Retail shops, hotels, some town facilities to reopen Friday.
In a move to begin restarting the local economy, the Highlands Board of Commissioners made several changes to the town’s state of emergency declaration related to the ongoing COVID-19 coronavirus pandemic on Friday, May 1.
As of May 8, retail businesses that were previously considered non-essential, and thus forced to remain closed, will be allowed to reopen under social distancing guidelines and with increased cleaning/sanitizing practices.
Face masks are not required, but the board agreed that wearing a face covering will continue to be a recommended practice in public places.
In a second motion, the board allowed restaurants to begin conducting business via traditional takeout methods, rather than the previously mandated curbside delivery.
“We have had some restaurants request that they be allowed to do takeout where the customer enters the business, picks up their food and pays at a cash register,” mayor Patrick Taylor said. “There are establishments where doing delivery, or even curbside takeout, is just not a feasible option.”
Under North Carolina Gov. Roy Cooper’s current executive order, dine-in service is prohibited at restaurants statewide.
Hotels and VRBO’s
The board then moved on to a lengthy discussion regarding the reopening of hotels and other short-term rentals.
Highlands Chamber of Commerce Executive director Kaye McHan shared a plan that was drafted by the chamber in coordination with hotel owners to increase safety measures at those businesses.
“We have submitted a draft of what opening hotels might look like, and that includes everything from increased social distancing at check-in and check-out to removing non-essential items from guest rooms to limit potential contact between guests,” McHan said. “We have worked with our businesses to come up with measures that are practical, and we hope, effective.”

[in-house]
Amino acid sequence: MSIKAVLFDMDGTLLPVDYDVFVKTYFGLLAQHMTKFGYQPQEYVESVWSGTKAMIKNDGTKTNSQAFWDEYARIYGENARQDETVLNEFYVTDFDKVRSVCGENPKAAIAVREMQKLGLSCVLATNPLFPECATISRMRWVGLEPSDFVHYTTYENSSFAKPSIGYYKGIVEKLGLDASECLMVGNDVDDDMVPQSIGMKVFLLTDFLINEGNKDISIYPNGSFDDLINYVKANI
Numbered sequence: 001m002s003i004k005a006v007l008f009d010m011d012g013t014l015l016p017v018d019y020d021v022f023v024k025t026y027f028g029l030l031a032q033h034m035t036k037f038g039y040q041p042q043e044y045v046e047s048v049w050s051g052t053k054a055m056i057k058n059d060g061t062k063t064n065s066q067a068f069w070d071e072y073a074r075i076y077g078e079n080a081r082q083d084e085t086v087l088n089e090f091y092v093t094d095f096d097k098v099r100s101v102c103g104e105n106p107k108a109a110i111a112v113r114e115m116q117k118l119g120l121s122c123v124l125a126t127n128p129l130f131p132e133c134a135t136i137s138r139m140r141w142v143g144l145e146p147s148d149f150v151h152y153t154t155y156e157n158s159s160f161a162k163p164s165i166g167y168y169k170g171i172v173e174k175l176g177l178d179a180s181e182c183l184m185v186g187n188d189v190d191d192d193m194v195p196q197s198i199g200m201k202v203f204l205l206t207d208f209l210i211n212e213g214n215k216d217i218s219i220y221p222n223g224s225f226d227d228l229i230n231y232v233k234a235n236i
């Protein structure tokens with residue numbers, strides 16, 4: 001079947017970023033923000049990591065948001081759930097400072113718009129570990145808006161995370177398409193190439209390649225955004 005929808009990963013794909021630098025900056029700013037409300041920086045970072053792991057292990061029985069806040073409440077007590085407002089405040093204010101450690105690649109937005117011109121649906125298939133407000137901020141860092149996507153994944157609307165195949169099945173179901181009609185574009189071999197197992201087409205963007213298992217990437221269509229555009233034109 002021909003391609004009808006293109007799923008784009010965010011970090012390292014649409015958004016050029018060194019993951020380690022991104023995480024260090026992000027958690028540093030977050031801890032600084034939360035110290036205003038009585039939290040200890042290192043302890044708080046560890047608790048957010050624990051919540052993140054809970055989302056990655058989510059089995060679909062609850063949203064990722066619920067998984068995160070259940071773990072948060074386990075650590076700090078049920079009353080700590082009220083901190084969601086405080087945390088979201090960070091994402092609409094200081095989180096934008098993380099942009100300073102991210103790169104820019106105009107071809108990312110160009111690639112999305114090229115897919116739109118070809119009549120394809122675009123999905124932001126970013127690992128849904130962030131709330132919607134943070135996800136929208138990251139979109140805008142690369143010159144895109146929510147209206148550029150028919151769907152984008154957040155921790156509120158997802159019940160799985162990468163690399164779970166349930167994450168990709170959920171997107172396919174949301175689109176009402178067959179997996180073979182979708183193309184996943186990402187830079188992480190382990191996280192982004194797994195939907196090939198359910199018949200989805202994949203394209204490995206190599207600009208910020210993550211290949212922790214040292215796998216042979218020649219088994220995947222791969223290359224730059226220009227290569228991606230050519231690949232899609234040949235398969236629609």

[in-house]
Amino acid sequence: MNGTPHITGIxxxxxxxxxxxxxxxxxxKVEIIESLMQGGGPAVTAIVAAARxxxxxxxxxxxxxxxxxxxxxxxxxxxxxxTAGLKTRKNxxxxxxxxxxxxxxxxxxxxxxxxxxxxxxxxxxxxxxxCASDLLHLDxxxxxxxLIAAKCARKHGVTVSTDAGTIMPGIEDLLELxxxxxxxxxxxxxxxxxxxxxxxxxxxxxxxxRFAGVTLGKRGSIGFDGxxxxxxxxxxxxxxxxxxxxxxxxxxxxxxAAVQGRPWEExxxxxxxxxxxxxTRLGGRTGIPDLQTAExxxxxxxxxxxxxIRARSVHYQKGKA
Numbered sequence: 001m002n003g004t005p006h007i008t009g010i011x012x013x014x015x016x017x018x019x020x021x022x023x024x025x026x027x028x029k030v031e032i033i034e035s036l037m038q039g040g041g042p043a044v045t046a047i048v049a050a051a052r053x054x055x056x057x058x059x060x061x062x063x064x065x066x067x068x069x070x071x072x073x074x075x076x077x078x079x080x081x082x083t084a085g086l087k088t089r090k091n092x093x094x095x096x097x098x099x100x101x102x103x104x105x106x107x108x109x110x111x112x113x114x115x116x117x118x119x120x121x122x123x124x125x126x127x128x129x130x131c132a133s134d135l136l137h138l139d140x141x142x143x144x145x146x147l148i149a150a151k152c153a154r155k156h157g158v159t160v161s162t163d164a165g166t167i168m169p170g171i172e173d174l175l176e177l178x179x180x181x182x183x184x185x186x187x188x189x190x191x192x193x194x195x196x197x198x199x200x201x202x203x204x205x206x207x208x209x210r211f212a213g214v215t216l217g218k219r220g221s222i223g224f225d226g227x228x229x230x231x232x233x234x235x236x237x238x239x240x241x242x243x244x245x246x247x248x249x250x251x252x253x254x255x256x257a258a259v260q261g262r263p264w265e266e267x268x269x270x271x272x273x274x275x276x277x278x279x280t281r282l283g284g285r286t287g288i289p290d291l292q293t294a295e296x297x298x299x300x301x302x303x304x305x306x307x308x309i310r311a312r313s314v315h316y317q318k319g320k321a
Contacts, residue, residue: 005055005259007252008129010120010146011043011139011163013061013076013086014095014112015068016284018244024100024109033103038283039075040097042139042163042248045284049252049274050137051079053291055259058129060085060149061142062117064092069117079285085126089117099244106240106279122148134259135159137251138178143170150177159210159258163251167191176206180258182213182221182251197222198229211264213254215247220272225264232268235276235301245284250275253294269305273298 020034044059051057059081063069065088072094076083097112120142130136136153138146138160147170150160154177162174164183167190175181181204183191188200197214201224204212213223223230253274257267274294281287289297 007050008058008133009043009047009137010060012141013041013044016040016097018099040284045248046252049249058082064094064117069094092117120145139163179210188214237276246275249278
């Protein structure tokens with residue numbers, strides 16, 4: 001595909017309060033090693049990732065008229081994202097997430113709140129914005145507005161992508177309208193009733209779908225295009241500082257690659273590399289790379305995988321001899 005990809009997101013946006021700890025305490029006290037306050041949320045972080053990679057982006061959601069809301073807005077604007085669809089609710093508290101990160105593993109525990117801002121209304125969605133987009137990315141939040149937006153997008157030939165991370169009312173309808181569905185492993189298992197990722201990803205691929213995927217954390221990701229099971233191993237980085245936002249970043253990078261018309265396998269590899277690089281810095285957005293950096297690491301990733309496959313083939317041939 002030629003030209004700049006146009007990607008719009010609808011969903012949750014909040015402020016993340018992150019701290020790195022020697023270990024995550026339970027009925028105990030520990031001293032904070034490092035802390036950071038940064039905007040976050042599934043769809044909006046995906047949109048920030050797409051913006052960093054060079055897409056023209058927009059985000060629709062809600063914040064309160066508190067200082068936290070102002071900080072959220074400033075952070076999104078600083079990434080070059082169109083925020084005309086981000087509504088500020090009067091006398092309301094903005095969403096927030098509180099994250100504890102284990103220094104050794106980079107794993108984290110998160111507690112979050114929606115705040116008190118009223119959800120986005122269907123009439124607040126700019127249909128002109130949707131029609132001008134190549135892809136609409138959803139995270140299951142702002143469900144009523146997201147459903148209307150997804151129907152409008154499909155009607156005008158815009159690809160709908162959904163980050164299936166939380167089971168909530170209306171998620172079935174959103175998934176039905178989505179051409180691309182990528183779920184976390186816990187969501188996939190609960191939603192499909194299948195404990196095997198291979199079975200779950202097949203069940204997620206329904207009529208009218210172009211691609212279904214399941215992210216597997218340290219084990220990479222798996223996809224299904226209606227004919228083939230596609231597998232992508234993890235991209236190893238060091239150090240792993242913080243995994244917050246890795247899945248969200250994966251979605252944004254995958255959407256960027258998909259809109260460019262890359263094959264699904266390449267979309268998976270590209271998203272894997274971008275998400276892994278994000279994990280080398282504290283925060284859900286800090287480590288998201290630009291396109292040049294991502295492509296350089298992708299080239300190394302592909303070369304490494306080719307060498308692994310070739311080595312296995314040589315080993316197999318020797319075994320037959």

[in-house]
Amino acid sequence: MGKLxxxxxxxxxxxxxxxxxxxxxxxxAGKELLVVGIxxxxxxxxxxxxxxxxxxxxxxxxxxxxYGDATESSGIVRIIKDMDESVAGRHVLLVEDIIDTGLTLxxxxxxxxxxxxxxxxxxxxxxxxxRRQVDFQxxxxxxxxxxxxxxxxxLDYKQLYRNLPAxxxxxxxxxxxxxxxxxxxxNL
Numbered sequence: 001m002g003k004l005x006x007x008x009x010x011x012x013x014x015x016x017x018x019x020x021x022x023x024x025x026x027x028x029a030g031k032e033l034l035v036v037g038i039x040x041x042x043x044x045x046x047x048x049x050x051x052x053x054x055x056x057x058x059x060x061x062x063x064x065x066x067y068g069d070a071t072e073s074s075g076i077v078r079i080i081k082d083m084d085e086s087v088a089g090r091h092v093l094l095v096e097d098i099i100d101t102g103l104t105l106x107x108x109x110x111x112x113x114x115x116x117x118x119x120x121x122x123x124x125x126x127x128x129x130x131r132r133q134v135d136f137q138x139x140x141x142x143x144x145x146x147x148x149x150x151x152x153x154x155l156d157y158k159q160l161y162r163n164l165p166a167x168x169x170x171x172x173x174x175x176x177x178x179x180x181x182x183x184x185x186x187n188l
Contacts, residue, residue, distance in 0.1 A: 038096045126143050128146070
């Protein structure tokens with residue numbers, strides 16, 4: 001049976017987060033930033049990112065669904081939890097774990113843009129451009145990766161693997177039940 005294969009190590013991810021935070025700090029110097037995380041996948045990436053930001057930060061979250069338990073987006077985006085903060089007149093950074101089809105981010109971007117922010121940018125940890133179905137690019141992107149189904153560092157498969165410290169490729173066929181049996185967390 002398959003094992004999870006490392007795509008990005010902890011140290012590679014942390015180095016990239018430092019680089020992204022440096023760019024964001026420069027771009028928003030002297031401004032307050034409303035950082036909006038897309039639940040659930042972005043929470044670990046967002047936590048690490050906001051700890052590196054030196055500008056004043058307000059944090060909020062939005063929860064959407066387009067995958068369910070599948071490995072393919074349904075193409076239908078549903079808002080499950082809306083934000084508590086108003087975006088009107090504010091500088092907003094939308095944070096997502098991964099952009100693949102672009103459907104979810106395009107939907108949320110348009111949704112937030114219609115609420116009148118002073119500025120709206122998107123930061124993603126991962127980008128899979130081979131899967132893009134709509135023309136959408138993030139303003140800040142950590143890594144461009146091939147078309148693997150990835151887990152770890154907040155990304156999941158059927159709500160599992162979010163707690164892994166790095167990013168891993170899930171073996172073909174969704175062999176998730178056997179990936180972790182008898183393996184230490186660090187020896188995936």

The closing of lodging establishments was done via Highlands local proclamation, and not by state order, so the terms of reopening those businesses is up to the town board of commissioners.
“We have had hotels request that they be allowed to reopen,” Taylor said. “If the state is allowing hotels to operate, and the county is going to allow hotels and rentals to reopen on May 8, I don’t see what good it would do for us to keep those businesses closed just in Highlands.”
Commissioner Amy Patterson was hesitant about reopening lodging businesses, especially vacation rentals by owner. Patterson asked that hotels and VRBO’s be considered separately by the board.
“I don’t like hotels being lumped in with VRBO’s because they are very different businesses with very different levels of oversight,” Patterson said. “We as a town have no way to know where the VRBO’s even are in town, let alone who is coming in and out of them.”
Taylor suggested that the town create a VRBO business registry, which would allow the town code enforcement officer and law enforcement to know where each VRBO is located and who is responsible for that property.
The board gave consensus to allow hotels and VRBO’s to reopen as of May 8, but decided to schedule an additional meeting on Wednesday to discuss the language of a potential VRBO registry.
Town manager Josh Ward brought up several of the currently closed town facilities for reopening consideration.
“We have had some citizens call town hall and ask that the tennis courts be reopened, since the players are able to maintain social distance,” Ward said. “When we closed the courts it was based on the use of shared equipment – the ball, net, the players bench, etc. In the past week the American Tennis Association has sent out information that those measures are not necessary.”
The board voted to reopen the tennis courts at the Rec Center on May 8. The Rec Center and swimming pool will remain closed until further notice, and the children’s summer camp has been cancelled.
In a second motion, the board voted to reopen the public restrooms at Kelsey-Hutchinson Park and on Main Street with increased cleaning/sanitizing procedures.
“If we are going to allow our retail businesses to reopen and some of our parks and rec facilities, I feel like we don’t have much choice but to reopen the public restrooms,” Taylor said. “With more people out and about, we are going to need those restrooms to be available.”
McHan introduced a proposal to limit parking on Main Street and effectively increase the walking space for potential shoppers. The idea was to block off the parking spaces on each side of the street adjacent to the sidewalk and leave only the center row of spots available.
The board took no action on the proposal and decided to keep the current parking setup.